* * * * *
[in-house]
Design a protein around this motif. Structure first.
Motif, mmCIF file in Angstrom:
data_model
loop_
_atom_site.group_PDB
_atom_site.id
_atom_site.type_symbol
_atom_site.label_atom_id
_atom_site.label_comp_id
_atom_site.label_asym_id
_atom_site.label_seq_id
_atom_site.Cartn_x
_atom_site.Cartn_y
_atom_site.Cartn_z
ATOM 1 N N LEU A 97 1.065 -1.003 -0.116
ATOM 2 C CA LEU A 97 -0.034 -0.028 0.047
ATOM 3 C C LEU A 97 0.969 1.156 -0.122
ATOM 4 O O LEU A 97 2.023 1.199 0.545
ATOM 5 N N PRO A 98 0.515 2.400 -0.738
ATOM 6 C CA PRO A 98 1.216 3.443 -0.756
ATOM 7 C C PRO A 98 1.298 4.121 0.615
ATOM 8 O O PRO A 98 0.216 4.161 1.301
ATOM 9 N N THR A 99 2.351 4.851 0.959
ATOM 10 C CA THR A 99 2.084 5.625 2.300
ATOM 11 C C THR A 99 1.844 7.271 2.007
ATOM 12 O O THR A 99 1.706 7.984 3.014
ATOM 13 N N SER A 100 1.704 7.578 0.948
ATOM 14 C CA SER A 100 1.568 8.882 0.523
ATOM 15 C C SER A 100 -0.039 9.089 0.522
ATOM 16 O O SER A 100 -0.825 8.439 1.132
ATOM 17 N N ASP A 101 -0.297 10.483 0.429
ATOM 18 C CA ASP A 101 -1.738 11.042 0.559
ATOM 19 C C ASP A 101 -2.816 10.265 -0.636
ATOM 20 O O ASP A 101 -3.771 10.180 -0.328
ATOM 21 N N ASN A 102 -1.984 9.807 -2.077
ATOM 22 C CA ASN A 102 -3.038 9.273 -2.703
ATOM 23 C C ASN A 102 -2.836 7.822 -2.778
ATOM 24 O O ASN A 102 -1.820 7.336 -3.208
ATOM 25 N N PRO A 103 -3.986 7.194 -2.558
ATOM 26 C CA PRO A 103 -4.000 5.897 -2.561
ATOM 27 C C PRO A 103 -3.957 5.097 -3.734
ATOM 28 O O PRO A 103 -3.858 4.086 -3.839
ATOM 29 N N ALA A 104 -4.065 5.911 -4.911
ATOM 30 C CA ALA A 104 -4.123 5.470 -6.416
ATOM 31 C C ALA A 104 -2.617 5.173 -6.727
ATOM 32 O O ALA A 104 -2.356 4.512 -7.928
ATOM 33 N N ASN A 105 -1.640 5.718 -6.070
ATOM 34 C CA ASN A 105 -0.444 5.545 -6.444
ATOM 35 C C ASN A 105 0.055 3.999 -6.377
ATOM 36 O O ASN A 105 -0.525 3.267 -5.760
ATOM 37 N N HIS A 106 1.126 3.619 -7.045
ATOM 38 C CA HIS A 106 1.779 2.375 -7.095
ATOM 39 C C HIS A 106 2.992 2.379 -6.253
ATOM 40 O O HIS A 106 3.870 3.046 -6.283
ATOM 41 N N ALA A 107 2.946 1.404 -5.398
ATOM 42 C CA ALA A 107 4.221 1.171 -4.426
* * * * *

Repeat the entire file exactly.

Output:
[in-house]
Design a protein around this motif. Structure first.
Motif, mmCIF file in Angstrom:
data_model
loop_
_atom_site.group_PDB
_atom_site.id
_atom_site.type_symbol
_atom_site.label_atom_id
_atom_site.label_comp_id
_atom_site.label_asym_id
_atom_site.label_seq_id
_atom_site.Cartn_x
_atom_site.Cartn_y
_atom_site.Cartn_z
ATOM 1 N N LEU A 97 1.065 -1.003 -0.116
ATOM 2 C CA LEU A 97 -0.034 -0.028 0.047
ATOM 3 C C LEU A 97 0.969 1.156 -0.122
ATOM 4 O O LEU A 97 2.023 1.199 0.545
ATOM 5 N N PRO A 98 0.515 2.400 -0.738
ATOM 6 C CA PRO A 98 1.216 3.443 -0.756
ATOM 7 C C PRO A 98 1.298 4.121 0.615
ATOM 8 O O PRO A 98 0.216 4.161 1.301
ATOM 9 N N THR A 99 2.351 4.851 0.959
ATOM 10 C CA THR A 99 2.084 5.625 2.300
ATOM 11 C C THR A 99 1.844 7.271 2.007
ATOM 12 O O THR A 99 1.706 7.984 3.014
ATOM 13 N N SER A 100 1.704 7.578 0.948
ATOM 14 C CA SER A 100 1.568 8.882 0.523
ATOM 15 C C SER A 100 -0.039 9.089 0.522
ATOM 16 O O SER A 100 -0.825 8.439 1.132
ATOM 17 N N ASP A 101 -0.297 10.483 0.429
ATOM 18 C CA ASP A 101 -1.738 11.042 0.559
ATOM 19 C C ASP A 101 -2.816 10.265 -0.636
ATOM 20 O O ASP A 101 -3.771 10.180 -0.328
ATOM 21 N N ASN A 102 -1.984 9.807 -2.077
ATOM 22 C CA ASN A 102 -3.038 9.273 -2.703
ATOM 23 C C ASN A 102 -2.836 7.822 -2.778
ATOM 24 O O ASN A 102 -1.820 7.336 -3.208
ATOM 25 N N PRO A 103 -3.986 7.194 -2.558
ATOM 26 C CA PRO A 103 -4.000 5.897 -2.561
ATOM 27 C C PRO A 103 -3.957 5.097 -3.734
ATOM 28 O O PRO A 103 -3.858 4.086 -3.839
ATOM 29 N N ALA A 104 -4.065 5.911 -4.911
ATOM 30 C CA ALA A 104 -4.123 5.470 -6.416
ATOM 31 C C ALA A 104 -2.617 5.173 -6.727
ATOM 32 O O ALA A 104 -2.356 4.512 -7.928
ATOM 33 N N ASN A 105 -1.640 5.718 -6.070
ATOM 34 C CA ASN A 105 -0.444 5.545 -6.444
ATOM 35 C C ASN A 105 0.055 3.999 -6.377
ATOM 36 O O ASN A 105 -0.525 3.267 -5.760
ATOM 37 N N HIS A 106 1.126 3.619 -7.045
ATOM 38 C CA HIS A 106 1.779 2.375 -7.095
ATOM 39 C C HIS A 106 2.992 2.379 -6.253
ATOM 40 O O HIS A 106 3.870 3.046 -6.283
ATOM 41 N N ALA A 107 2.946 1.404 -5.398
ATOM 42 C CA ALA A 107 4.221 1.171 -4.426